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Ladakh - Planning The Trip

Over 2000 Km by road, in around 10 days. Stunning landscapes, wonderful people. That sums up our Ladakh trip. But how did it actually work? How did we make it happen? Read on to find out!  Leh, the capital of Ladakh , is accessible by air and road. Flying into Leh is the easiest, and time-saving option, while the road is the time consuming one, but with the added advantage of driving past some of the most beautiful landscapes in our country. Each option has much to recommend it, and we chose the road for just one reason – altitude sickness. Altitude sickness was one of my biggest concerns, since I suffer from motion-sickness. Yes, I do travel a lot, but that is despite my condition, and, over the years, have learnt how to handle it. I struggled with it when we visited Nathu-La in Sikkim, and wondered if I would be able to manage a week at the even higher altitudes that we would encounter in Ladakh. This was the reason we stuck to a basic plan, of only 9 days in Ladakh, though we

Shveta Varahaswamy Temple, Mysore Palace

There are 12 temples inside the Mysore Palace complex. Some of these are ancient ones, which stood long before the palace was built, while others are relatively recent, having been built by the royal family in different periods. Among these, it is the Shveta Varahaswamy Temple which is the most prominent, since it is located right next to the present entrance to the palace.

Varaha over the main doorway





Varaha is the third avatar or incarnation of Lord Vishnu, the family deity of the Wodeyars. He appears in the form of a wild boar,bringing out the earth (Bhu-devi) from the ocean. The idol being made of white stone, He is called ‘Shveta (white) Varahaswamy. It is said that the idol was brought from Srimushnam in Tamilnadu, by Chikka Devaraja Wodeyar (1672-1704), and consecrated at a new temple in Srirangapatna, which was then their capital. In 1809, the deity was brought to Mysore and consecrated in this temple by Diwan Purnaiah as per the wishes of Krishna Raja Wodeyar III.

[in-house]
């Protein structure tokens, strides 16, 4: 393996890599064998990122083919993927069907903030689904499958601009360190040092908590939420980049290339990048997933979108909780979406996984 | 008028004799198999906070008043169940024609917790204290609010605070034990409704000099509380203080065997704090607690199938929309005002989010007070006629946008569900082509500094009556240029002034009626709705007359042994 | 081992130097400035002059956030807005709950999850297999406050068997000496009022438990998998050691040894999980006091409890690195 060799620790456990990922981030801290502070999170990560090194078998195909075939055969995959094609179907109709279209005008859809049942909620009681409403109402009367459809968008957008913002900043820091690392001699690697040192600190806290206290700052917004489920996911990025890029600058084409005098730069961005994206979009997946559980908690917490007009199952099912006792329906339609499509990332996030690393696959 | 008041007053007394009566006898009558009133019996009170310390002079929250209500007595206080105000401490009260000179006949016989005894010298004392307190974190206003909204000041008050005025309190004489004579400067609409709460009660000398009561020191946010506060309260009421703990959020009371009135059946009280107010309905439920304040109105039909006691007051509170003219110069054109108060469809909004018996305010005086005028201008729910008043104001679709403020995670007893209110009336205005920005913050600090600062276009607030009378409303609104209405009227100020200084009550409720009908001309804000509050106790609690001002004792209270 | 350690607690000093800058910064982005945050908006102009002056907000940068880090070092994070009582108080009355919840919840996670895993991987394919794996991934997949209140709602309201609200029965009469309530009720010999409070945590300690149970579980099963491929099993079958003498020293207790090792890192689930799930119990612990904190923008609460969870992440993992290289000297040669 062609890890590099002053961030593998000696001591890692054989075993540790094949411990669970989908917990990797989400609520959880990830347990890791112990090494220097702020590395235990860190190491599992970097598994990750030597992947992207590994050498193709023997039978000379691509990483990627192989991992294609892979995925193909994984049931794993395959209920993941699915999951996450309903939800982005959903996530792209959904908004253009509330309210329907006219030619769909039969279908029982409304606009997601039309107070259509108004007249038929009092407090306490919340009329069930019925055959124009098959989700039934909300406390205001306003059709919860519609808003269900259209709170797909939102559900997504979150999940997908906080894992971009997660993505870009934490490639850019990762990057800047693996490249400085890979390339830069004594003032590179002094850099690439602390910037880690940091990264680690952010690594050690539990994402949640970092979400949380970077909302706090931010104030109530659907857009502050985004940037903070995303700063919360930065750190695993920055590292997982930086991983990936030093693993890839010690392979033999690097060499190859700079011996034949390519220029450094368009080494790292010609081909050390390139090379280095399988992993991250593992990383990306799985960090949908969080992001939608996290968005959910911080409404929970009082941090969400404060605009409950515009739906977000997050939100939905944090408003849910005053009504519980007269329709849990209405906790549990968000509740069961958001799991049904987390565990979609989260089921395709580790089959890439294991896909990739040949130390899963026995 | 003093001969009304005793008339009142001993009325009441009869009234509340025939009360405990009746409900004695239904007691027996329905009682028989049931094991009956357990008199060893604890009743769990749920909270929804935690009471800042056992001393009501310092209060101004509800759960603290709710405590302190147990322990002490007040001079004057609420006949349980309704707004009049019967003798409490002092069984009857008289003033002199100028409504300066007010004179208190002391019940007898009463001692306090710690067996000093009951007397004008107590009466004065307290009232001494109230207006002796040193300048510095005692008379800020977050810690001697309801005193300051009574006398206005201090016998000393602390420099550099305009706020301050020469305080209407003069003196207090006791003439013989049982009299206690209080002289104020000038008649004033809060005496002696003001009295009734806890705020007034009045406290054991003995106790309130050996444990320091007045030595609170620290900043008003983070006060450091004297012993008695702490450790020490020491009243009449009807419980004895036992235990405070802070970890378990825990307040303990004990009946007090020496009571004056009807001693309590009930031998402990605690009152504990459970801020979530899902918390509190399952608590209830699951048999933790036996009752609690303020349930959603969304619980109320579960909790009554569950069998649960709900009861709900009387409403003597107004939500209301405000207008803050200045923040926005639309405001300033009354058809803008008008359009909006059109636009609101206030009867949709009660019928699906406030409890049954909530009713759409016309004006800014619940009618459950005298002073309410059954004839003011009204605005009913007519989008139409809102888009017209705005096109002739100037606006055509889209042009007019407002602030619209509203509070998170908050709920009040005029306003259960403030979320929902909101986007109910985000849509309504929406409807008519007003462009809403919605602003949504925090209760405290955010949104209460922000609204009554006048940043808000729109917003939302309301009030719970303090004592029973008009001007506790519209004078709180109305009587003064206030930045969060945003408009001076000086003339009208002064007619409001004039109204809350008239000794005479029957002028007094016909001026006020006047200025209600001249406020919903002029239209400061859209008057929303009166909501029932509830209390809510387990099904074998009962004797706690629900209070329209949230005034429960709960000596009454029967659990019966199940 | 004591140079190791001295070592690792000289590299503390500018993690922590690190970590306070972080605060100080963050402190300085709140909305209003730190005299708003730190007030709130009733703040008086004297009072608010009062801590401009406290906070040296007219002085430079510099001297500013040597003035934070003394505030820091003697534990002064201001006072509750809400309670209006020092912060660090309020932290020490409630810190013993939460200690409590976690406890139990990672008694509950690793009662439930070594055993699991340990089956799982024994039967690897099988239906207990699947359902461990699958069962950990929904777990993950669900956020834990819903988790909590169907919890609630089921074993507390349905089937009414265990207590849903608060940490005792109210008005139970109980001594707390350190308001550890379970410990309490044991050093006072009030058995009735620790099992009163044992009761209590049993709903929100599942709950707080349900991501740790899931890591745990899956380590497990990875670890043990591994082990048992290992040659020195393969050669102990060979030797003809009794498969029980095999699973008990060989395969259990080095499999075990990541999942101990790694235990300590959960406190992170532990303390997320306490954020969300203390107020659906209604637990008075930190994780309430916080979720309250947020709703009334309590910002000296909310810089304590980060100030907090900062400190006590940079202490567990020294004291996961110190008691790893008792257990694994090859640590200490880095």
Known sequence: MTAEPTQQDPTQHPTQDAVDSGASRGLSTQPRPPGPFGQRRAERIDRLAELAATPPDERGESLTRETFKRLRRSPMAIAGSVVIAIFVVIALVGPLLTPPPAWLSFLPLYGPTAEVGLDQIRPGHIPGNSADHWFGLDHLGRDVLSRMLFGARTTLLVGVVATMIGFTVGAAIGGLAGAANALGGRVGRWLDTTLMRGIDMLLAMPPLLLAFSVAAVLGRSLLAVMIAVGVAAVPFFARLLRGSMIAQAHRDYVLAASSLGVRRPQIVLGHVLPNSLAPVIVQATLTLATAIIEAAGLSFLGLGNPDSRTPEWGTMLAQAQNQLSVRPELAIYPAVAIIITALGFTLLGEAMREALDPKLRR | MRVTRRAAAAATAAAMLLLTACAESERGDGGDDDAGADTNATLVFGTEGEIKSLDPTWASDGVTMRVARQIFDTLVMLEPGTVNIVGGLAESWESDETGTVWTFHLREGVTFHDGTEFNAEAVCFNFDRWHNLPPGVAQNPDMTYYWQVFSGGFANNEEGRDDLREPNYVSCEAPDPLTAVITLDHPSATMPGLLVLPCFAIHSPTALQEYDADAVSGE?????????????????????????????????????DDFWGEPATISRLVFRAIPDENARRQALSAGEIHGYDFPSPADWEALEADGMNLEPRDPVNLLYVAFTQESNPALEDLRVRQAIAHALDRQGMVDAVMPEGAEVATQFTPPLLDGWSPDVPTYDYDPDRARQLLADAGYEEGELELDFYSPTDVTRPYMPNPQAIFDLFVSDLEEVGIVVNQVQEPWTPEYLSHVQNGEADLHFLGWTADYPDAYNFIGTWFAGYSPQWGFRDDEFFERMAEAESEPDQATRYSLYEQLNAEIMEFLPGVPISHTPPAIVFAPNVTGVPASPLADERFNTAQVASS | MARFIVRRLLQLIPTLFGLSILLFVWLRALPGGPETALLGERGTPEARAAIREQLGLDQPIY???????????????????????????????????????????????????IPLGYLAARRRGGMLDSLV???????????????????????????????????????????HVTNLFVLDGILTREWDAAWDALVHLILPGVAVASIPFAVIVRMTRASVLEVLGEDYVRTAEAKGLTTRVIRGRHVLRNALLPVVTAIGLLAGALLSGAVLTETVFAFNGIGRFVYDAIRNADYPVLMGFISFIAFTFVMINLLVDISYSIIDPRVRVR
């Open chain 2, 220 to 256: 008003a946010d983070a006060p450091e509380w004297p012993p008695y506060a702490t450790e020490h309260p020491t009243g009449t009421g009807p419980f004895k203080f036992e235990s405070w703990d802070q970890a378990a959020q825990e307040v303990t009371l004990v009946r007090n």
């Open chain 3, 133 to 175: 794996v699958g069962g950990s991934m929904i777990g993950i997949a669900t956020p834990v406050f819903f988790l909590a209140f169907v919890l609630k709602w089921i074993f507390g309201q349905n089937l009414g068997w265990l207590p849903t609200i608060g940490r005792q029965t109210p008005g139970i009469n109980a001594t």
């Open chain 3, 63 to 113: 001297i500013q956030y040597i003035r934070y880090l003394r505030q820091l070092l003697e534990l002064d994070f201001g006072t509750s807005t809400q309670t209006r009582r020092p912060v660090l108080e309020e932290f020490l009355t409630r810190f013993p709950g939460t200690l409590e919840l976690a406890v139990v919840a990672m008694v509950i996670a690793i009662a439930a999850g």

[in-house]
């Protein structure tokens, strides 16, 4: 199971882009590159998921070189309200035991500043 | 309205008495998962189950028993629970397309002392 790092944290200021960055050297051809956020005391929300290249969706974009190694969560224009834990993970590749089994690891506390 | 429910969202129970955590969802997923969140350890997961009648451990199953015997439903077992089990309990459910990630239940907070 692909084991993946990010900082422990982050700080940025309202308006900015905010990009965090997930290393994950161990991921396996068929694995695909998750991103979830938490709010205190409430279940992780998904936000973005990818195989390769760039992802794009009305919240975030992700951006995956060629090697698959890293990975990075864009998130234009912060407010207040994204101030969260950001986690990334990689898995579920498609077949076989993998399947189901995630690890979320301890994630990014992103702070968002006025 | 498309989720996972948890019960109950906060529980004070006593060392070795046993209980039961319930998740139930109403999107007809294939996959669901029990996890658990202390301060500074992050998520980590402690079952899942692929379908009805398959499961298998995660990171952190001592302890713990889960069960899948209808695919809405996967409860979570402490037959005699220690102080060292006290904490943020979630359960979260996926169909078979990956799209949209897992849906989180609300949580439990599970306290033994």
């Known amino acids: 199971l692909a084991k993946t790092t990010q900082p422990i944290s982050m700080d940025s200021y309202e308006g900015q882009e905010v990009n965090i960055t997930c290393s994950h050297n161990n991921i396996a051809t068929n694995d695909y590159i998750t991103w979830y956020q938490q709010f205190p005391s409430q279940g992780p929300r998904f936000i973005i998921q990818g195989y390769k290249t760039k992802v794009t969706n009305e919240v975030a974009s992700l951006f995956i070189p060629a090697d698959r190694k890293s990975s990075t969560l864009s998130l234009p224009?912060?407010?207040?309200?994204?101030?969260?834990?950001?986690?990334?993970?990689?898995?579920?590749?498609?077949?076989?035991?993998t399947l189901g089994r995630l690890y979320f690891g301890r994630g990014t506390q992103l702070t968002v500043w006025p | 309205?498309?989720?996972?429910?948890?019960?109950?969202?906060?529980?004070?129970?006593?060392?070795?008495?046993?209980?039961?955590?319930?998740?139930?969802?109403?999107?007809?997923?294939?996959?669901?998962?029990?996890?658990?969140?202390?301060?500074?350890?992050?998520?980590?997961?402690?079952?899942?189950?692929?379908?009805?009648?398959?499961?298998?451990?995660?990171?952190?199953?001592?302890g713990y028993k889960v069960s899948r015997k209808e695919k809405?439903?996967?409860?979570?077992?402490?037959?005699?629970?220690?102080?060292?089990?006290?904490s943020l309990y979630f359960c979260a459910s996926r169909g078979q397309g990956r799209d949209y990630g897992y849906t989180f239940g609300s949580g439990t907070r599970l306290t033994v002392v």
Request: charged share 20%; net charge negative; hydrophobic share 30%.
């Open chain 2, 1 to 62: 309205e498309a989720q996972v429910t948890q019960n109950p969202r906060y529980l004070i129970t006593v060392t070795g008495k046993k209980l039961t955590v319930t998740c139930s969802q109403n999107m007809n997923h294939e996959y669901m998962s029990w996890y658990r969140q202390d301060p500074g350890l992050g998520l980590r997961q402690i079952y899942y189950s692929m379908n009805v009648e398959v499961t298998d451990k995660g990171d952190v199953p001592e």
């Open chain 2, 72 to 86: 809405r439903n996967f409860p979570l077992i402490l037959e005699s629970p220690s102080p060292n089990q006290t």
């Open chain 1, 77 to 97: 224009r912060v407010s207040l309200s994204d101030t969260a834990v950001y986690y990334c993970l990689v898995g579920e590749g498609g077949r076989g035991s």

The temple is built in the typical Hoysala style of architecture with intricate work over the doorways and pillars. 




There is also a separate shrine for the goddess. 



One of the interesting things about this temple are the paintings representing the Ramayana and Bhagavata on the walls of the pillared hall. Unfortunately, cameras aren’t allowed inside the temple, so I have no photos of these. Instead, here is a depiction of the Dashavatar (the 10 incarnations of Lord Vishnu) over the doorway…

Narasimha... killing the demon Hiranyakasipu

Narasimha in a different pose... as Lakshmi Narasimha accompanied by smaller ircons of Dashavatars... the one on the left is Vamana. I cant identify the one on the right. Looks a bit like Garuda. 

Some of the Dashavatars/.. the central one is Rama. see the smaller icons of Matsya, Kurma and Varaha

I am sharing this post today with SkyWatch Friday. True, there isnt much of the sky in these pics, but standing in the palace complex, looking around, the temples with their majestic gopurams were the most visible on the skyline! For more beautiful skies from around the world, visit the Skywatch page. 

Comments

  1. Wow, Gorgeous! Indeed, extraordinary architecture...like your tour.
    Really, you have an Amazing Blog, Anu! I glad that found your blog and continually enjoying your new posts and/or a follower at your blog. but now I hope, you'll be a follower and commenter. Indeed, I have also very informative and interesting blog..Have a nice day..

    ReplyDelete
    Replies
    1. Thanks so much. I havent been able to see a lot of blogs recently, but when i start to catch up, I surely will read yours. hope to keep seeing u here.

      Delete
  2. Very beautiful photos for SWF!Have a nice weekend.

    ReplyDelete
  3. Beautifully covered. I have been wanting to do this for long now.

    ReplyDelete
    Replies
    1. Thanks Rajesh! would love to read your impressions of the temple too.

      Delete
  4. Wonderful architectures. Nice shots.

    http://rajniranjandas.blogspot.in/

    ReplyDelete

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